Nicolas Rapold’s Best (and worst) Films of 2009
With 35 Shots of Rum and Summer Hours, Claire Denis and Olivier Assayas give two different, elegant, moving models for getting the feel of family, home, and time’s passage, in milieus that together span the local and the global, tradition and change.
Profound confusion reigns in the minds of The Headless Woman and A Serious Man (though in the latter case, the title is a knotty proposition). Each courts viewer alienation with its strange cosmos, yet in separate ways Lucrecia Martel and the Coen Brothers took us deep into fascinating states of psychological and existential irresolution.
Mystery-man protagonists of a different sort drive The Limits of Control and The Informant!. One was an exquisite trance-like journey with an art-appreciating, anticapitalist hit man; the other an often goofy but vexing portrait of jawdropping chutzpah.
In Night and Day, Hong Sang-soo lets loose another man (played by Kim Yeong-ho) mortifying himself in romance and life, this time in Paris; meanwhile, in the Brooklyn of Two Lovers, James Gray lets loose another guy (Joaquin Phoenix) to throw himself about, make declarations, agonize, and do many of the same things. And just as Hong and Gray are willing to send us toppling forth awkwardly with these men, so do the best parts of Where the Wild Things Are sketch out difficult not-yet-worked out childlike emotions (and difficult people) with an under-your-skin intuition.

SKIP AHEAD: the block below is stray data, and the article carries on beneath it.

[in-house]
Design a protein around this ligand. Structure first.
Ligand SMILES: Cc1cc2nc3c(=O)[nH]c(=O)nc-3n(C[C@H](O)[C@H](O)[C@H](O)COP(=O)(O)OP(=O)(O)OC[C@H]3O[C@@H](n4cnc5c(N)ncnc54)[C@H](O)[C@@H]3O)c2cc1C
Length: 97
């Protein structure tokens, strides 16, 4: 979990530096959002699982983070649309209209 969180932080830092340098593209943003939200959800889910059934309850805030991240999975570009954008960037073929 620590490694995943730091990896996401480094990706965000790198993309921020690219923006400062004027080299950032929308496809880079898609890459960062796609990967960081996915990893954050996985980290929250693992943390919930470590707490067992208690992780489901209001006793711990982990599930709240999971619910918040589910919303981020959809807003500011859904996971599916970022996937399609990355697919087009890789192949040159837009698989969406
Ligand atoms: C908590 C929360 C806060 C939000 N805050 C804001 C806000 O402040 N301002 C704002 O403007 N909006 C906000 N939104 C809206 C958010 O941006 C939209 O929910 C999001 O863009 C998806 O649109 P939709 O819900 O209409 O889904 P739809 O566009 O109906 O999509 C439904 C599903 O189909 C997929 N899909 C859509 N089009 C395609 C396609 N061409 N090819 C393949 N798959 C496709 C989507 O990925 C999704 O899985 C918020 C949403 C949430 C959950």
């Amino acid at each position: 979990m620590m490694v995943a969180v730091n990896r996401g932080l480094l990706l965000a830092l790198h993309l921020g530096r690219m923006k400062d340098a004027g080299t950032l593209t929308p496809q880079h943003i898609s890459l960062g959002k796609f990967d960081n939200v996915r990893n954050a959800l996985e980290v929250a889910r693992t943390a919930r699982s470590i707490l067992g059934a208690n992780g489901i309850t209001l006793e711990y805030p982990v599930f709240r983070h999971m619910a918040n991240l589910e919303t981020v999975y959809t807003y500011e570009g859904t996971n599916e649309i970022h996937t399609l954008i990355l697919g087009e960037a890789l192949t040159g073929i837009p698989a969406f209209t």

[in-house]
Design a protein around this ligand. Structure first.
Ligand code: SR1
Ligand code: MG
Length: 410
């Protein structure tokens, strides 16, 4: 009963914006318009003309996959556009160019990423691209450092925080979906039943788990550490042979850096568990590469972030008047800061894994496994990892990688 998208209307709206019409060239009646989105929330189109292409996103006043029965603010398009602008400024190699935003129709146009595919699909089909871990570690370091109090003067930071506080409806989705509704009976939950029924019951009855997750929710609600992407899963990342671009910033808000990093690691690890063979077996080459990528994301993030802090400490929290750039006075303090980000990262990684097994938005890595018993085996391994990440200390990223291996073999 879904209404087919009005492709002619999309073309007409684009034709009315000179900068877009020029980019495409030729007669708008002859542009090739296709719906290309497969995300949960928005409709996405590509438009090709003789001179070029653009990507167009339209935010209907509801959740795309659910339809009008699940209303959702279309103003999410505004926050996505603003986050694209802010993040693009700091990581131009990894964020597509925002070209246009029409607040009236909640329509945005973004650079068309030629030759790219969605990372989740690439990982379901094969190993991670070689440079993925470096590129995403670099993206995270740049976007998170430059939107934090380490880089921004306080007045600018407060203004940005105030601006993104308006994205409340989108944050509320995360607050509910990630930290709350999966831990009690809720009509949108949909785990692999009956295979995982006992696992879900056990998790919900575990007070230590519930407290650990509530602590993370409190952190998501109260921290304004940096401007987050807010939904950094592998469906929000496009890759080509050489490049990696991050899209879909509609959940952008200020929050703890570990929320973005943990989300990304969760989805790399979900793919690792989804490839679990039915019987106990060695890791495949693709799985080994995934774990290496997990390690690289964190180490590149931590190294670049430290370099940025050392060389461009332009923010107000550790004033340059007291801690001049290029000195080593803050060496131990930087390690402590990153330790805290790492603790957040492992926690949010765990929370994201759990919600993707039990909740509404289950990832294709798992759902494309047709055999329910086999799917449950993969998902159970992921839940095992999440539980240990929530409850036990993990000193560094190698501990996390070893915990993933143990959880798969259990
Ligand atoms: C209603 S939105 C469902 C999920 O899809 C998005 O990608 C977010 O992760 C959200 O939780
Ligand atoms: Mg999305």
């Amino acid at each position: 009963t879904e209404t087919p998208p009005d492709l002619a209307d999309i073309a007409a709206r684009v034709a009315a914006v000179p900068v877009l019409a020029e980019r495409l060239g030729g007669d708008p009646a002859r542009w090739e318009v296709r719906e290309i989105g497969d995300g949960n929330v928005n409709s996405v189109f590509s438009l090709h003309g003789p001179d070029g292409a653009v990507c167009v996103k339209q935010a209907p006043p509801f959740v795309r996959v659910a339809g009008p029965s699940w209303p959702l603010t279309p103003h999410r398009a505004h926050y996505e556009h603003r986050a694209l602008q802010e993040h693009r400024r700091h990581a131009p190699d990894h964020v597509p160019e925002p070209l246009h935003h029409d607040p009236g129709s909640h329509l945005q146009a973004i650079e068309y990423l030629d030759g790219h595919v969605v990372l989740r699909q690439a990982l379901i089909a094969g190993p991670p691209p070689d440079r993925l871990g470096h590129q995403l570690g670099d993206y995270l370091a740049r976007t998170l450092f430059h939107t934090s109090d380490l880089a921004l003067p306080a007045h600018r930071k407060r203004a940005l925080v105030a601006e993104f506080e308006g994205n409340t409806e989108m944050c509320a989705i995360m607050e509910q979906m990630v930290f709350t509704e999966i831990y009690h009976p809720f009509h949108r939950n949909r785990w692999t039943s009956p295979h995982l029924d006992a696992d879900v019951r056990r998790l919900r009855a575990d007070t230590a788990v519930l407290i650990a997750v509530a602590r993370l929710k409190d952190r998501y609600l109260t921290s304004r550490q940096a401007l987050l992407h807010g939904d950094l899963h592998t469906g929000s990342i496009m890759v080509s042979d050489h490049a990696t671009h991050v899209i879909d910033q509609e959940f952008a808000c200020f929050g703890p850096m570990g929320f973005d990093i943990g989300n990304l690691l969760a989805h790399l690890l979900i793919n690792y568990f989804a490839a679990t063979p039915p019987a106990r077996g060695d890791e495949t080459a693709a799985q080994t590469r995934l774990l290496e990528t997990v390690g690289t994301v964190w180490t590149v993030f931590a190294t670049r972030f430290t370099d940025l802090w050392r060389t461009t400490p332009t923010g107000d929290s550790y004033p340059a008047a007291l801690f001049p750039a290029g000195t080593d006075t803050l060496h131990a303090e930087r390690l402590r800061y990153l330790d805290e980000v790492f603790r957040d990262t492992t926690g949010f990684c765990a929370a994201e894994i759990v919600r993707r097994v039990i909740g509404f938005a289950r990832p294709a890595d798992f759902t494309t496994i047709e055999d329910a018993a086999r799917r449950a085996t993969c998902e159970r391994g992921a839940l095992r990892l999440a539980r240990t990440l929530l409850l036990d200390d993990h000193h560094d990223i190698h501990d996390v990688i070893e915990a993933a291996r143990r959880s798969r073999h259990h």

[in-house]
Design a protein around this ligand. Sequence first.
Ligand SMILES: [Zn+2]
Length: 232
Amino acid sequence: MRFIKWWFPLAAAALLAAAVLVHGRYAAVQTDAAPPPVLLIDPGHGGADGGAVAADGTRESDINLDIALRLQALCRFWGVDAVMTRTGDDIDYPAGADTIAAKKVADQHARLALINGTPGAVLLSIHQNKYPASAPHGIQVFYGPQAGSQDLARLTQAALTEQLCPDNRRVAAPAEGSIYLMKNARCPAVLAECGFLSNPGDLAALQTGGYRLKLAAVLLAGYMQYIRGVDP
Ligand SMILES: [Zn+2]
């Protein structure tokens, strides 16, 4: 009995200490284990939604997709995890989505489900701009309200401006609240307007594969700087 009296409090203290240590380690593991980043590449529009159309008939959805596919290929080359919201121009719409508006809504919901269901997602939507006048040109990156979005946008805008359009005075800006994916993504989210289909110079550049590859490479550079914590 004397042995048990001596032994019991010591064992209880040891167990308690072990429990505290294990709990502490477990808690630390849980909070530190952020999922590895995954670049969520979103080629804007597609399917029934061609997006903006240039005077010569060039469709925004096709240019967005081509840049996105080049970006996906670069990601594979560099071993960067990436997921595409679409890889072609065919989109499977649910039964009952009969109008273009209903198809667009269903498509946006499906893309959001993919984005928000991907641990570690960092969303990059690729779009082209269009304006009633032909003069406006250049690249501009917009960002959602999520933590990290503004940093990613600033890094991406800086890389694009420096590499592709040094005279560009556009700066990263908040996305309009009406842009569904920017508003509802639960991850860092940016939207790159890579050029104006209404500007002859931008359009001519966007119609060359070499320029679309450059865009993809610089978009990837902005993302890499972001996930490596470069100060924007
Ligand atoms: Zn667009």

Fantastic Mr. Fox brought the compromises of marriage, tragic compulsion, and sibling rivalry to a delightful and funny Roald Dahl adaptation, while Coraline pulled off the alternate-world fantasy of a young girl with the necessary scariness intact. Ponyo dazzles with riotous color that transcends age.
A gangster legend gets an otherworldly, even Brechtian treatment in Public Enemies, which brings together Michael Mann’s career with macho gunplay, period detail, and pushing-to-abstraction digital aesthetic. In Police, Adjective, Corneliu Porumboiu does something just as radical with the police procedural.
Before, during, and after: White Material (coffee farmer Isabelle Huppert digs in before impending revolution), The Hurt Locker (bomb squad ritualizing danger and death), and The Messenger (new friendship in the shellshocked aftermath) burrow deep into moods, moments, and terrifying suspension imposed by war.
Despite fatigue setting in after a hyped decade, the possibilities of documentary were on full display, including: a Wiseman special in La Danse and its exploration of dance and dancers, art and its institution, the moving and hilarious friendship depicted over the sad-sack arc of Anvil! The Story of Anvil, Peter Greenaway’s dense investigation of a painting he calls Rembrandt’s J’Accuse, an only slightly shrill précis of established research and systemic analysis in Food, Inc., and the more-than-meets-the-eye memoir-essay-compilation of Varda’s The Beaches of Agnes. (And where does 24 City fit in?)
Randomly selected rep-house pleasure from the hat inexplicably containing titles of old movies I have seen: any number of the double and triple takes across the Jerry Lewis series at Anthology Film Archives.